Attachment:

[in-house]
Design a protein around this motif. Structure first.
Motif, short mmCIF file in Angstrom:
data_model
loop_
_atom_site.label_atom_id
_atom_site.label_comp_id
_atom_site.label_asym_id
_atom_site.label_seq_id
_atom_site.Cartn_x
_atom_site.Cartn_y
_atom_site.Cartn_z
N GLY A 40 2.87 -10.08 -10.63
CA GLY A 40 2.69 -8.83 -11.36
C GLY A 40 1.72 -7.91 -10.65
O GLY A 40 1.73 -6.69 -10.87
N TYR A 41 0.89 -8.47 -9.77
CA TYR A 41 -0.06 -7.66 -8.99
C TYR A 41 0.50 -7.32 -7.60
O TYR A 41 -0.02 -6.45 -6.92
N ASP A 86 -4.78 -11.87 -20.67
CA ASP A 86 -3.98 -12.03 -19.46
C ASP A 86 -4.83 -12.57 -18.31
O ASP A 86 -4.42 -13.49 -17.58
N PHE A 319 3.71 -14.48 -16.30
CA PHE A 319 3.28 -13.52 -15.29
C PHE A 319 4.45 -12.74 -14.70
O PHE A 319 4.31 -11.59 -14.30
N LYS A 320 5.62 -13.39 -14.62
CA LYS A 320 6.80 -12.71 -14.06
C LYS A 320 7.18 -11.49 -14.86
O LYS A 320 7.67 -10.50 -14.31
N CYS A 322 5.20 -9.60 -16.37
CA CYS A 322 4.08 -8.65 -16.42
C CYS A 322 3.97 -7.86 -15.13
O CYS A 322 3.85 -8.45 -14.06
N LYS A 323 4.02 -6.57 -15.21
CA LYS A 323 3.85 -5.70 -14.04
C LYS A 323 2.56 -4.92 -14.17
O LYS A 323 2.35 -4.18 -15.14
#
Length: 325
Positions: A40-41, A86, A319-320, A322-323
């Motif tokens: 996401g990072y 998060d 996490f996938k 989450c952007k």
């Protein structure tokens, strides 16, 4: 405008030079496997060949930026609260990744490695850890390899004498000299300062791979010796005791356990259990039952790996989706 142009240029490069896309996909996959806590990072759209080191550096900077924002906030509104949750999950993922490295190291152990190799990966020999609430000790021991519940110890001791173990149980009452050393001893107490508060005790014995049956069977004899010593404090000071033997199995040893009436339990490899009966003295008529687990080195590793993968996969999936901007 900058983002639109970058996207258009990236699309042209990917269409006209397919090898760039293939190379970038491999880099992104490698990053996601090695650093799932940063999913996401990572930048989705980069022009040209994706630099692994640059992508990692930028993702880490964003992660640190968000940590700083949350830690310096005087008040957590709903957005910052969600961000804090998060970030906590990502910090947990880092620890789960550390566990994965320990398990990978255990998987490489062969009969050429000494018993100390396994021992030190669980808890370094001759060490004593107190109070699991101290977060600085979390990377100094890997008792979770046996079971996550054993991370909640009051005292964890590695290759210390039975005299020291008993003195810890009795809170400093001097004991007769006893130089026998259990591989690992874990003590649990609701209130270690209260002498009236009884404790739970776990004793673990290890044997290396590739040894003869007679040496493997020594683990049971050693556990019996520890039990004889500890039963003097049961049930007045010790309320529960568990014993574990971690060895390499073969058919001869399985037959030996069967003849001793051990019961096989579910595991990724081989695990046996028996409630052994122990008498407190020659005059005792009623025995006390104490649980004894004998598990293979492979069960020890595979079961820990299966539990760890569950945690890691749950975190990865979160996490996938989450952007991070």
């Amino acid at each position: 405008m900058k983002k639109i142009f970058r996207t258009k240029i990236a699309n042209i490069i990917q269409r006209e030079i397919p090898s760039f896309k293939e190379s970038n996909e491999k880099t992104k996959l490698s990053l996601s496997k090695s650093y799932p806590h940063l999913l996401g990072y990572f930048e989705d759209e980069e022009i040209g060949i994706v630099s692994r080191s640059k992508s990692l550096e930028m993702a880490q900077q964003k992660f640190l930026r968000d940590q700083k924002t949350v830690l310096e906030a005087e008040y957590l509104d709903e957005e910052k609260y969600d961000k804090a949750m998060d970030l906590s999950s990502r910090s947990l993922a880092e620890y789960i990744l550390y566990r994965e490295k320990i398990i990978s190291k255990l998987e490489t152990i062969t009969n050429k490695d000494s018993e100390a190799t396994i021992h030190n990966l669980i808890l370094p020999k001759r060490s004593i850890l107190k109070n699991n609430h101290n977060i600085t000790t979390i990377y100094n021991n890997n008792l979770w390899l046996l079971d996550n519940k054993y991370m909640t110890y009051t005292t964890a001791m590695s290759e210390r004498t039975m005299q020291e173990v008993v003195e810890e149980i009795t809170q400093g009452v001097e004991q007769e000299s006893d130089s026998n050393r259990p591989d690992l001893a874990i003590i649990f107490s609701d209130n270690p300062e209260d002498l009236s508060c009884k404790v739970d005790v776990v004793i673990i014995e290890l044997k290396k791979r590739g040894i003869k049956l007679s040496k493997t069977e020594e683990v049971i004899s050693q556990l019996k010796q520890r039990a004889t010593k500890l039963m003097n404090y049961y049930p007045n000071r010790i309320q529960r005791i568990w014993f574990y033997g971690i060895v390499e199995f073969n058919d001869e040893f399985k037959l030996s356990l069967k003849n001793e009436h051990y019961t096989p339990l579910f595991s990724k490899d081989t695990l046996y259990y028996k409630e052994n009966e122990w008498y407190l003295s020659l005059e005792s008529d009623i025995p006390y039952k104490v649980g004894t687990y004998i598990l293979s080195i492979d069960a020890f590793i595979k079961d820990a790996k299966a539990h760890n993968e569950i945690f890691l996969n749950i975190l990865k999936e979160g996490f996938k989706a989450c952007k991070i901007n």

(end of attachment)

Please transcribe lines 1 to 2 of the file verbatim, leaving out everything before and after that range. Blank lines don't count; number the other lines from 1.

[in-house]
Design a protein around this motif. Structure first.